In 1987, Peter Robinson wrote the speech in which Ronal Reagan demanded that Gorbachev should tear down the Berlin Wall. It seems, however, that quite a few people didn't want him to make such a demand at all. According to Robinson, after he had written the speech: "The speech then went to staffing, and as close as we ever got to open warfare in the Reagan White House then broke out. For three weeks, the State Department and the National Security Council fought the speech."
Does anyone have any idea what exactly is meant by "staffing" in this context? I can't seem to make any sense of it.
Curious
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In 1987, Peter Robinson wrote the speech in which Ronal Reagan demanded that Gorbachev should tear down the Berlin Wall. ... any idea what exactly is meant by "staffing" in this context? I can't seem to make any sense of it.

The speech went to the White House staff for review. "Staff" in this sense, refers to the advisors and aides of the President. The Press Secretary, for example, is considered to be part of the White House staff. One of the President's advisors is the Chief of Staff.

The White House also has a staff of maintenance workers, cooks, gardeners, and other workers. While they are a staff of a particular sort, you don't hear them mentioned.
In 1987, Peter Robinson wrote the speech in which Ronal Reagan demandedthat Gorbachev should tear down the Berlin Wall. It ... any idea what exactly is meant by "staffing" in this context? I can't seem to make any sense of it.

Either:

1. Misstatement for Reagan's personal WhiteHouse staff. or

2. Current local usage in the White House in
1987 for (perhaps) Reagan's political advisers.

But it is a little misleading. In some British
companies the personnel (employment) unit
used to be called Staffing, i.e. finding new staff.
Don Phillipson
Carlsbad Springs (Ottawa, Canada)
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Does anyone have any idea what exactly is meant by "staffing" in this context? I can't seem to make any sense of it.

It means having the document reviewed by all the interested parties, not necessarily limited to staff (as opposed to line) personnel. In the example cited, the State Depertment objected to the speech. The State Department is not part of the White House Staff.
The reason for "staffing" a speech, or any other document, is to make sure that everybody is in agreement, that objections are heard, that inaccuracies are corrected, and that one part of the organization is not saying one thing while another part of the organization is saying something contradictory. When, as in this instance, the document comes from the boss, it is also a way to communicate to the underlings what the current policy is.

John Varela
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The reason for "staffing" a speech, or any other document, is to make sure that everybody is in agreement, that ... one part of the organization is not saying one thing while another part of the organization is saying something contradictory.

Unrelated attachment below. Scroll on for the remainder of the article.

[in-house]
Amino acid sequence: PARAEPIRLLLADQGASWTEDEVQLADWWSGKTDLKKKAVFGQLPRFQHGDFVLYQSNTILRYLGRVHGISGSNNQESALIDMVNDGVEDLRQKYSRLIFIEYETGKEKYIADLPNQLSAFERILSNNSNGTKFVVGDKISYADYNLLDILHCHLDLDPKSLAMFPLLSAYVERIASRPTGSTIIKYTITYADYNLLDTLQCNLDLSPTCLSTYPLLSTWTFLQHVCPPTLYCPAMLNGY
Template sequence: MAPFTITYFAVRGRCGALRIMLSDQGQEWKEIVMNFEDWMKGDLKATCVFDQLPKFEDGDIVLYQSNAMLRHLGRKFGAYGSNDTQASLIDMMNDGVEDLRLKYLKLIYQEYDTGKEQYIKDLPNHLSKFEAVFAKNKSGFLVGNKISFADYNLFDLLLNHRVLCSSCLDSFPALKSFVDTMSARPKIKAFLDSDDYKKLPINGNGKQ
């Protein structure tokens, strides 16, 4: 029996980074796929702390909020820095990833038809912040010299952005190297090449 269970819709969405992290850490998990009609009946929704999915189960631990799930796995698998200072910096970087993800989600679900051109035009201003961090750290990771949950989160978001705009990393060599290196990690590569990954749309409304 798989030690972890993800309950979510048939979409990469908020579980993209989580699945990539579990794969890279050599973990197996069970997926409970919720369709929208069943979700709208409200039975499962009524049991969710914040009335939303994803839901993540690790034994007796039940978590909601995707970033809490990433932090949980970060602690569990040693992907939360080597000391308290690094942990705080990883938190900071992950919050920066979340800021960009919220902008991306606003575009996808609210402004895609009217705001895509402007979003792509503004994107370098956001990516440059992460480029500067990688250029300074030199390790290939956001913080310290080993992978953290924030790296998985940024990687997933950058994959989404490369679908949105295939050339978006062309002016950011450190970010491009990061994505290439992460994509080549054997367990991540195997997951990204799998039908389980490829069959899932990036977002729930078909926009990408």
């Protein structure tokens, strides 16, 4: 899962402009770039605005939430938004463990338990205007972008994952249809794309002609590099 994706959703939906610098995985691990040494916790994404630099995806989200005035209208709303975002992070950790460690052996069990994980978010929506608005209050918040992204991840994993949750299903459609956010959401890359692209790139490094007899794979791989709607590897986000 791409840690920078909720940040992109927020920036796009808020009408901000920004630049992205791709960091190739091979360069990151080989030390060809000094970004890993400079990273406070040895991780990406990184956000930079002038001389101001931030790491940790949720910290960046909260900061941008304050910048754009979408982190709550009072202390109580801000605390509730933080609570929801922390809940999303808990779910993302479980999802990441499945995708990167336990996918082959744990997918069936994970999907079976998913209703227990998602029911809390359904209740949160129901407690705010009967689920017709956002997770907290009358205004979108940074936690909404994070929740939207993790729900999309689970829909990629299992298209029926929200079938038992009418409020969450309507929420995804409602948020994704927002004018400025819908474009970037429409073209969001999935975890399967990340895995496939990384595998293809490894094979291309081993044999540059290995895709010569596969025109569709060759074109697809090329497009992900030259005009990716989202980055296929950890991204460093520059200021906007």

And when it doesn't function as designed, you wind up with a president stating (falsely) in his State of the Union address that Iraq attempted to buy uranium from an Africal Country.
When, as in this instance, the document comes from the boss, it is also a way to communicate to the underlings what the current policy is.

Unless they can talk him out of it.

Bob Lieblich
Who has been "staff" (though not the president's) in his time
"The speech then went to staffing, and as close as we ever got to open warfare in the Reagan White ... any idea what exactly is meant by "staffing" in this context? I can't seem to make any sense of it.

It appears to mean "vetting (of the speech) by staff". Right or wrong, it certainly makes sense.

Michael West
Melbourne, Australia
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And when it doesn't function as designed, you wind up with a president stating (falsely) in his State of the Union address that Iraq attempted to buy uranium from an Africal Country.

Are you sure about that parenthesis? My recollection is that, in that address, he stated (truly) that British intelligence services were alleging that Iraq had tried to buy uranium from an African country.
"The reason for 'staffing' a speech, or any other document, is to make sure that . . . inaccuracies are corrected." On the uranium issue, Bush's staffing may have saved him from stating a falsehood.
And when it doesn't function as designed, you wind up ... that Iraq attempted to buy uranium from an Africal Country.

Are you sure about that parenthesis? My recollection is that, in that address, he stated (truly) that British intelligence services were alleging that Iraq had tried to buy uranium from an African country.

If I'm not mistaken, they still so allege.

John Varela
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I apologize for munging the address but the spam was too much.
Reagan is dead at 93. Too bad his legacy legacy won't die with him, though.

Franke: EFL teacher & medical editor.
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